Just outside the meeting room, in the food services team, is Baskara Nur Patria, who has moved to Bengaluru four weeks ago and will stay here for a year. Go-Jek is the 23-year-old’s first job—he joined in September 2015 immediately after graduated from ITS (Surabaya Institute of Technology) in Indonesia. “There is a difference in the work in Bengaluru and Indonesia,” says Baskara. “In Jakarta, I used to be slacking off!”

Gore, who’s sitting nearby, sputters on his coffee upon hearing that. “I’m trying to be honest!” says Baskara, laughing. “It’s true though. The difference is that the senior technical mentors, the main talent, are in India, and work is quite fast here. I can get my questions answered directly here.” Baskara says that he enjoys the lack of hierarchy, a start-up work culture that he believes is only now catching on in Jakarta. “For a fresh graduate, otherwise, these kind of challenges are difficult to find. You can learn a lot quite quickly.”

As we speak, Gore introduces Bimo, another Indonesian national whom he says wrote some of the first lines of codes that had created the Go-Jek app. With his shoulder-length hair, sprinkle beard, and casual jacket, Bimo is the epitome of the quintessential start-up look. Asked to elaborate his job, Bimo’s answer is modest. “What I do? I just make things work. I write codes.” Hired as a freelancer in Jakarta first, he witnesses how Go-Jek has developed from a call-in service with about 100 orders a day, to the app-based service that records around 10,000 orders a day. “We didn’t realise how big it will get once we made an app,” he says. “As the number of customers increased, more drivers were willing to join Go-Jek without much persuasion.”

When Bimo began with Go-Jek, there were 200-250 drivers, and his team planned to double the number by the end of the year. “But within two months of launching the app, we had already reached our annual target. We needed to scale up very fast, and that’s where this tie-up and expansion with Bengaluru helps.” As a senior coder at Go-Jek, Bimo used to fly between Jakarta and Bengaluru frequently. Recently married, he has now moved to Bengaluru with his wife.

“In Indonesia, the start-up system is still young. Most people work in big companies, and are used to that hierarchy and structure. The team in Indonesia and me… we are still adapting to the new style, the open, informal, creative start-up culture in Bengaluru. Personally, I like it. It doesn’t feel like an office.”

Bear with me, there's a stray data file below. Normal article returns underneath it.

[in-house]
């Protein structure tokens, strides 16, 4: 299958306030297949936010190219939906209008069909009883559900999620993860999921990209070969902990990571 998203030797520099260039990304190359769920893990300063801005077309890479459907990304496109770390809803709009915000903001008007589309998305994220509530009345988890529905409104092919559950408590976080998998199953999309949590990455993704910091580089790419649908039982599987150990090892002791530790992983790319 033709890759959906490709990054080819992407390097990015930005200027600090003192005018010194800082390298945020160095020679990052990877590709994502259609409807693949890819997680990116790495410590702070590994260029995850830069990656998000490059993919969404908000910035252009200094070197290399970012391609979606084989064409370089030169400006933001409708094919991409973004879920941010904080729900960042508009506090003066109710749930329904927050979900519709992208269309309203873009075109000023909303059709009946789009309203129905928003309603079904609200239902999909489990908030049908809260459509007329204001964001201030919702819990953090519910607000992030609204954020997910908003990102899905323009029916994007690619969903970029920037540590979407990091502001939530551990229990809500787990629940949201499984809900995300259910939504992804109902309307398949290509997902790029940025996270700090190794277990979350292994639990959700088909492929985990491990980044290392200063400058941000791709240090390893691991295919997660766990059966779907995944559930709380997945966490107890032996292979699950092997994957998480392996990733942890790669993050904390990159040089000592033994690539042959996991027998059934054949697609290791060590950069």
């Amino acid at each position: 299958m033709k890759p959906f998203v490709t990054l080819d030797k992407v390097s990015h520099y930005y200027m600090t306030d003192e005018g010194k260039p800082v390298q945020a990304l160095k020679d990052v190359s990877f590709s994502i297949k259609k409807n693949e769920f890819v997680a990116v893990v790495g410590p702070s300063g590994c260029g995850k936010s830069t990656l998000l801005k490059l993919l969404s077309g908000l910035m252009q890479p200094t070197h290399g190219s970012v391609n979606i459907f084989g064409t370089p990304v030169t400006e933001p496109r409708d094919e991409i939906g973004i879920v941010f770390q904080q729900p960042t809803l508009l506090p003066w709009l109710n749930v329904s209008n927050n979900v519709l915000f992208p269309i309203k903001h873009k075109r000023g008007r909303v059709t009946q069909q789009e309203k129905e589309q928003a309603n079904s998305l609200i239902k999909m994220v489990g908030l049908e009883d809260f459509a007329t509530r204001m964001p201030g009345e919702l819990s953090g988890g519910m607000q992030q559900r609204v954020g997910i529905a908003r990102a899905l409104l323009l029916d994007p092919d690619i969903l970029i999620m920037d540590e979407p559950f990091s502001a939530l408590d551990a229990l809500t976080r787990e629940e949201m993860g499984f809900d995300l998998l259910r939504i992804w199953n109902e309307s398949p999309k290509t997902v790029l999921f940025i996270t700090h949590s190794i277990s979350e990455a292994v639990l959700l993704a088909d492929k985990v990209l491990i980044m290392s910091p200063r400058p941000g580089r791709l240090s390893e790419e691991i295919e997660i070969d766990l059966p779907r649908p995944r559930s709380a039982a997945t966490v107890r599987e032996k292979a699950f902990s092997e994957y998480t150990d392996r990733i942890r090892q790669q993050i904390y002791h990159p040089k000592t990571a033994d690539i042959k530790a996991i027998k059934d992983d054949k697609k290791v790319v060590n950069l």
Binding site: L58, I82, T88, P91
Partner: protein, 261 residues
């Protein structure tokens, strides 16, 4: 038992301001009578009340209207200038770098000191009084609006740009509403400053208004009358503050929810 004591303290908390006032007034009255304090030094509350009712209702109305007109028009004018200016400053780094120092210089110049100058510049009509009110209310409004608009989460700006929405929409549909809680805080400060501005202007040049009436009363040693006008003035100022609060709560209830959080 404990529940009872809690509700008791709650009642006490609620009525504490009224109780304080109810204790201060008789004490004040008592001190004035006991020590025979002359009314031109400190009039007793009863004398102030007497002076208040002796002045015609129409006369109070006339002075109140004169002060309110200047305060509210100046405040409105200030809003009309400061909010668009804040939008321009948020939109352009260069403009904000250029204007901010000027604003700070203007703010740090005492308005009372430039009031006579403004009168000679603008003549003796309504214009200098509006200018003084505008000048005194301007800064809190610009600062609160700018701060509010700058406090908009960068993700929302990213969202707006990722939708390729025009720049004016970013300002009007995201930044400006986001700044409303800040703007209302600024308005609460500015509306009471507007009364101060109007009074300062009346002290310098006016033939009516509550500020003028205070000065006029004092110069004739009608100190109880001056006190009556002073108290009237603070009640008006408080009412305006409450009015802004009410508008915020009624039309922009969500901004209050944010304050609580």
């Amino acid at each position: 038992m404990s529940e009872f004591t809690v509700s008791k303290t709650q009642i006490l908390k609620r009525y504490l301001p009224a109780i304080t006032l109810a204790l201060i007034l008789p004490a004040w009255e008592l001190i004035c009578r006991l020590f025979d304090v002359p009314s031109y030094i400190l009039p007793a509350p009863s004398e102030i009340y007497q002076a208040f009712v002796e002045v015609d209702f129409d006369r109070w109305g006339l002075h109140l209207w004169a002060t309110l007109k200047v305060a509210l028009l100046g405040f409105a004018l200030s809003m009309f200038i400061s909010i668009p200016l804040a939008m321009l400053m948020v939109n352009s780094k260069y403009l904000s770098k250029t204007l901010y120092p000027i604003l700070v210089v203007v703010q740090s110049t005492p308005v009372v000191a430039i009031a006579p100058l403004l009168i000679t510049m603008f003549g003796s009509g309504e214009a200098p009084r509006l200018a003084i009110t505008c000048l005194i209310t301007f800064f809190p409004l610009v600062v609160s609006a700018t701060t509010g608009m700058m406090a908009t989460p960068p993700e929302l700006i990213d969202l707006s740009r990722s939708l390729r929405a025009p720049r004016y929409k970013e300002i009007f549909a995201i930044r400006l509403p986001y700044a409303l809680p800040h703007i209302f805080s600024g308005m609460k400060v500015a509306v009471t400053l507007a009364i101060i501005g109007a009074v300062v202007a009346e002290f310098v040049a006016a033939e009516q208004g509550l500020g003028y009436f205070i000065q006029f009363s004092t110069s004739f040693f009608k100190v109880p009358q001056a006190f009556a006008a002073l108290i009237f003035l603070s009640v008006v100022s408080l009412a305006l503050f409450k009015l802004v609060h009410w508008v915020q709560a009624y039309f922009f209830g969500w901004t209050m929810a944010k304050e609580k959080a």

What he misses, though, is the immersive feel of how Go-Jek is used in Jakarta. “Back home, on the way to work, I used to count how many Go-Jeks I saw, or I used to chat with the drivers hanging around outside the office, or I used to use the app myself,” says Bimo. But since the Go-Jek app is not available for consumers in Bengaluru, he depends on more quantitative data to understand the field-level operations. “This is the only difference.”

Foto HL Gojek

Bimo (at the middle), a senior programmer from Indonesia, moves the the city and enjoys the open, easygoing, and creative corporate culture in Bengaluru. © April 2017 Rohini Mohan

Gore and Panranjape stays in Jakarta every two weeks, by rotation. Paranajape had just returned from Jakarta the previous night. He rubs his eyes, “It’s a lot of travel back and forth, because India is not a back office for Jakarta or the other way around. Nadeim Makareim decided to set up an office in Bangalore and have a fluid system so that we grow overall.” He admits a merger was riskier for Go-Jek than simply contracting someone to do the engineering—the need to be more proactive, to communicate across countries, to think from different points of view, and to adapt engineering design for a growing company. “But Nadeim understood the value of an experienced team,” says Paranjape.

“It’s very tiring, but we want to maintain a lot of communication between the countries,” says Gore. “I say the secret of this format working is extreme collaboration and communication.” Most teams, he says, work from both places. For instance, the food team, including Baskara, is in Bengaluru to work on some new services. They’ll stay for two months at least. On the other hand, “the pay team”—who handle Go-Pay—are ready to leave to Jakarta next month.

Ranjan Sakalley, the Vice President of Core Back End, has earlier worked with most of the co-founders in Bengaluru. He says a third of his day is spent in “talking to people in Jakarta on product features and bugs”, so that his team can respond in real time.

Go-Jek’s board now consists of eight people, four of whom are India nationals: Gore, Paranajape, India Managing Director Sidu Ponnappa and restaurant review firm Burrp’s former member Aakash Dharmadhikari as chief product officer.

“We’re hiring aggressively in both countries,” says Gore. “And we believe everyone needs to code or write stories or develop products. We don’t have managers to just manage.”

The recruitment is slow, he says, and intentionally so. “About 95 percent of our hires are through referrals, because that is foolproof hiring,” says Gore. At the moment, the product team has equal number of men and women, but female employment in engineering team is only 30 percent. “We are actively trying to change that.” They would offer a double incentive to someone to refers a woman coder. “We want the workplace to be more inclusive,” says Paranjape.

Borrowing from Gore’s own passion for hackathons and technical meet-ups, Go-Jek Bengaluru also rents out its office nearly every weekend for anyone who wants to hold an open source technical meet-up. “It’s to share ideas, the intention is not to hire. But if we spot someone, we’ll ask them to apply.” They hosted a Go-Hack, as they call it, in Jakarta two weeks earlier, and in Bengaluru prior to that. They’ll soon host a She-Hack, exclusively for women techies, in mid April in Bengaluru, and at the of June in Jakarta.

Currently, Gore says Go-Jek has about 130 employees in Bengaluru and over 120 in Jakarta. “We want the right people, so we are not in a hurry to recruit left and right,” says Gore. “In fact, we are hiring more aggressively in Jakarta than in Bengaluru.” They have introduced trainings for ten interns in Jakarta, to incubate young talent. “Of these three are Indonesian students from the US who have returned to work at home. How wonderful is that?”


Rohini Mohan is a journalist based in Bengaluru. Email:

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Reporter: Rohini Mohan
Penulis: Rohini Mohan